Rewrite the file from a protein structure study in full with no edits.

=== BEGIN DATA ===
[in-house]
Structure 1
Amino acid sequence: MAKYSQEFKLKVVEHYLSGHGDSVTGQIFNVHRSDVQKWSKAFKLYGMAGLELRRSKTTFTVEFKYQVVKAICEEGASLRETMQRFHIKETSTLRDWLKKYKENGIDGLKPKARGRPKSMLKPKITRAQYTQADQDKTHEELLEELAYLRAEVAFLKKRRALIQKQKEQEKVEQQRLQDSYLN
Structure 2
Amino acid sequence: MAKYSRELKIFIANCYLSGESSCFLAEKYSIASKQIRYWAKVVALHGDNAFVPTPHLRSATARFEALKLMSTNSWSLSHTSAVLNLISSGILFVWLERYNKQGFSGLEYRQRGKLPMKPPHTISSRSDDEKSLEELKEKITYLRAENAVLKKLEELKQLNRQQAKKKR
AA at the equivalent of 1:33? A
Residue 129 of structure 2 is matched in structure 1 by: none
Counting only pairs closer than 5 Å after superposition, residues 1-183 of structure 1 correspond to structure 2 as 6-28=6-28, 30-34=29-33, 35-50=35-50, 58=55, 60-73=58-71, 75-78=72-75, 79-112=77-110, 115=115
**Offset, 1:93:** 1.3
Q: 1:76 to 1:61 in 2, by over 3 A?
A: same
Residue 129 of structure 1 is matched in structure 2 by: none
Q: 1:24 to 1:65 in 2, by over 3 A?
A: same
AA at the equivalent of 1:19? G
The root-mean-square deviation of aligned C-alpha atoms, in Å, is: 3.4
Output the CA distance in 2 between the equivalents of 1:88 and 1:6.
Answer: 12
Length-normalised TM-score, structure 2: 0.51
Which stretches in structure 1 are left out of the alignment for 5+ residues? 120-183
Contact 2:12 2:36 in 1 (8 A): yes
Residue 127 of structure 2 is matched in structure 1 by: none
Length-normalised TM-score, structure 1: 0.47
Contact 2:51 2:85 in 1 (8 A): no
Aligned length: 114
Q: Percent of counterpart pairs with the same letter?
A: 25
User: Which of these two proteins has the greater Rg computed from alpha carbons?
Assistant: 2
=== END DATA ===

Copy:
[in-house]
Structure 1
Amino acid sequence: MAKYSQEFKLKVVEHYLSGHGDSVTGQIFNVHRSDVQKWSKAFKLYGMAGLELRRSKTTFTVEFKYQVVKAICEEGASLRETMQRFHIKETSTLRDWLKKYKENGIDGLKPKARGRPKSMLKPKITRAQYTQADQDKTHEELLEELAYLRAEVAFLKKRRALIQKQKEQEKVEQQRLQDSYLN
Structure 2
Amino acid sequence: MAKYSRELKIFIANCYLSGESSCFLAEKYSIASKQIRYWAKVVALHGDNAFVPTPHLRSATARFEALKLMSTNSWSLSHTSAVLNLISSGILFVWLERYNKQGFSGLEYRQRGKLPMKPPHTISSRSDDEKSLEELKEKITYLRAENAVLKKLEELKQLNRQQAKKKR
AA at the equivalent of 1:33? A
Residue 129 of structure 2 is matched in structure 1 by: none
Counting only pairs closer than 5 Å after superposition, residues 1-183 of structure 1 correspond to structure 2 as 6-28=6-28, 30-34=29-33, 35-50=35-50, 58=55, 60-73=58-71, 75-78=72-75, 79-112=77-110, 115=115
**Offset, 1:93:** 1.3
Q: 1:76 to 1:61 in 2, by over 3 A?
A: same
Residue 129 of structure 1 is matched in structure 2 by: none
Q: 1:24 to 1:65 in 2, by over 3 A?
A: same
AA at the equivalent of 1:19? G
The root-mean-square deviation of aligned C-alpha atoms, in Å, is: 3.4
Output the CA distance in 2 between the equivalents of 1:88 and 1:6.
Answer: 12
Length-normalised TM-score, structure 2: 0.51
Which stretches in structure 1 are left out of the alignment for 5+ residues? 120-183
Contact 2:12 2:36 in 1 (8 A): yes
Residue 127 of structure 2 is matched in structure 1 by: none
Length-normalised TM-score, structure 1: 0.47
Contact 2:51 2:85 in 1 (8 A): no
Aligned length: 114
Q: Percent of counterpart pairs with the same letter?
A: 25
User: Which of these two proteins has the greater Rg computed from alpha carbons?
Assistant: 2